Let Them Lead the Way

The second panel on Saturday, ably moderated by Anne Coates author of the Hannah Weybridge series, featured three authors who write mysteries for children. Until recently, before I became a fulltime author, I was a school librarian. In my last week in the job, I bought books by all three of these panellists for the school so it was a thrill to hear from them in person.

Sharna Jackson introduced us to High-Rise Mystery, the first in a series featuring brother and sister sleuths who live on a London estate.

Sarah Todd Taylor’s Max the Detective Cat series stars a puzzle-solving puss who eavesdrops on nefarious acts and ne’er-do-wells in a theatre. (Top prize for dressing for the occasion goes to Sarah in her magnificently bookish dress.)

Nicki Thornton set her first Seth Sippe fantasy mystery in The Last Chance Hotel. Book two sees the sleuthing kitchen boy move to The Bad Luck Lighthouse. With the audience looking out on the treacherous mudflats of Morecambe Bay this setting seemed perfect for a mystery story.

The panel debated the issue of age advisory guidelines on children’s books. All were agreed that age plays only a small part in what makes a particular book suitable for a particular child, but acknowledged that most purchase decisions are made by parents and other adults who might appreciate the guidance.

All three expressed delight at meeting children on school visits who have an encyclopaedic knowledge of their works and are brimming with ideas for sequels.

Time Out

The final panel of the morning was Discussing Dyslexia but I slipped out at this point to spend some time with my husband, who’d given up his long weekend to accompany me on my book pilgrimage to Lancashire. We called in at Morecambe’s Heritage Centre and looked at the memorabilia about the numerous big names who performed at the Winter Gardens before they were famous. We also read the tribute to local boy Eric Morecambe and watched a fascinating amateur film of Morecambe’s 1950s seaside heyday.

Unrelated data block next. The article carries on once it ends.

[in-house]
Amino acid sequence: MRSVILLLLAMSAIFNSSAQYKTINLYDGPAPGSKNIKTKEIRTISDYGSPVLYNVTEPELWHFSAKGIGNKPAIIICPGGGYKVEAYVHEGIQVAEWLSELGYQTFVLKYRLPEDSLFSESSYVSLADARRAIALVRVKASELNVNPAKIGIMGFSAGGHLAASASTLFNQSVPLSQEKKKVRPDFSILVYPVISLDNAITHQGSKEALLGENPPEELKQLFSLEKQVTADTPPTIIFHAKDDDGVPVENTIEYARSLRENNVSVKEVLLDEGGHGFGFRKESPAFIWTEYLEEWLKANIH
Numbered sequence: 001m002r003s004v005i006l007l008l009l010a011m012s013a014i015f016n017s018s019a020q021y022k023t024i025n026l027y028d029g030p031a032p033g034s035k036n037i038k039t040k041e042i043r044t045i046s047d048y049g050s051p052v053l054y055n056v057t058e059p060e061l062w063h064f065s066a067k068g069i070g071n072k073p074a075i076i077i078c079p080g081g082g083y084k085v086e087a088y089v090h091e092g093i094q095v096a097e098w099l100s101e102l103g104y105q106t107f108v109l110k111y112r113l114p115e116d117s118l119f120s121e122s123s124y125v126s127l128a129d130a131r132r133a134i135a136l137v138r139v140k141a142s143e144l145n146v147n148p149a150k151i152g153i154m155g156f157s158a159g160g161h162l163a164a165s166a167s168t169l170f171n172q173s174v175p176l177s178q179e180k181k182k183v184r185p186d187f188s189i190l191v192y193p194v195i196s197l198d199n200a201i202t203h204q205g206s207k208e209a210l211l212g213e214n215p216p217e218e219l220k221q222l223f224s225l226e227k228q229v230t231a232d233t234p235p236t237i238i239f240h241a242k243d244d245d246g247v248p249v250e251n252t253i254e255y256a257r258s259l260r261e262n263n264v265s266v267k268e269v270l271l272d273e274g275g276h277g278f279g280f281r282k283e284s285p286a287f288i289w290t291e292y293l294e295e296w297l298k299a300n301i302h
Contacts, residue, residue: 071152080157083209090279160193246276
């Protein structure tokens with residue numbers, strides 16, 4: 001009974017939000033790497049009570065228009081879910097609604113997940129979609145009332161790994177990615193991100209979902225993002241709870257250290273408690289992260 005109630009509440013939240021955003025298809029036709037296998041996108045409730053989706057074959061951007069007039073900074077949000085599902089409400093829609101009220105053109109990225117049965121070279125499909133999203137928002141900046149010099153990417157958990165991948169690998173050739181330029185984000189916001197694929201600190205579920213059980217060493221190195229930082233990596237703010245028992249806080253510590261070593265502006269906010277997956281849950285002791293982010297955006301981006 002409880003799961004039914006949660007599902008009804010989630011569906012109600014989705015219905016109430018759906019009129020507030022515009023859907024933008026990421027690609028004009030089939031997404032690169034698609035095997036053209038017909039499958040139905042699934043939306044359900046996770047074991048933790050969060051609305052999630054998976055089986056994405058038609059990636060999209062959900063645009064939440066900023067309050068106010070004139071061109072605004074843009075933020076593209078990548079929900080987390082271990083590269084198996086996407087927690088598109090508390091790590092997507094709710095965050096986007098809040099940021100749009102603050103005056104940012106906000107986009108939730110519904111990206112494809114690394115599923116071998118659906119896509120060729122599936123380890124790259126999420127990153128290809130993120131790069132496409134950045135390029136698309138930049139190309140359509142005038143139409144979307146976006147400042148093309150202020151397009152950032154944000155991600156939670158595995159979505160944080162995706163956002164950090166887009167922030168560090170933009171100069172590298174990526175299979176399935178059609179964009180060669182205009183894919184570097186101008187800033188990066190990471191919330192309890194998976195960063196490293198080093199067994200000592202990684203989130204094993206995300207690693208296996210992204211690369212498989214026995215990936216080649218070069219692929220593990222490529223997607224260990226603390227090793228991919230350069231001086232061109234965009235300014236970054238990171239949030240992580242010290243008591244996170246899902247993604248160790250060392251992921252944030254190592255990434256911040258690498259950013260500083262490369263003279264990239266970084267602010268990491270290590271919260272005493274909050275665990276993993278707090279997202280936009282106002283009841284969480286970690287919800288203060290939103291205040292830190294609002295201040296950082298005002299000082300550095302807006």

My husband then made the most of the outbreak of sunny weather with a walk along the coast to the pretty village of Heysham while I returned to the festival.

Detecting the Social

William Shaw, author of Salt Lane, devised and moderated a lively panel event to kick off the afternoon. Mary Evans, Sarah Moore and Hazel Johnston – a team of academics and crime-fiction fans – have written: Detecting the Social: Order and Disorder in Post-1970s Fiction. The book looks at society through the lens of crime fiction. Completing the panel was Gytha Lodge, author of She Lies In Wait. (I’ve read it; it’s a good’un. See my review here.)

The five panellists spoke fondly of crime fiction and lamented how it is undervalued in the literary world. All were of the opinion that a fictional detective doesn’t just solve a fictional crime, but also investigates real-world society.

The academics revealed they have plans for a future book on the role of gender in crime fiction, an idea well received by the audience. A starting point for their study might be William Shaw’s revelation that he gets more letters of criticism about the actions of his female detective then he ever received when he was writing about a male detective.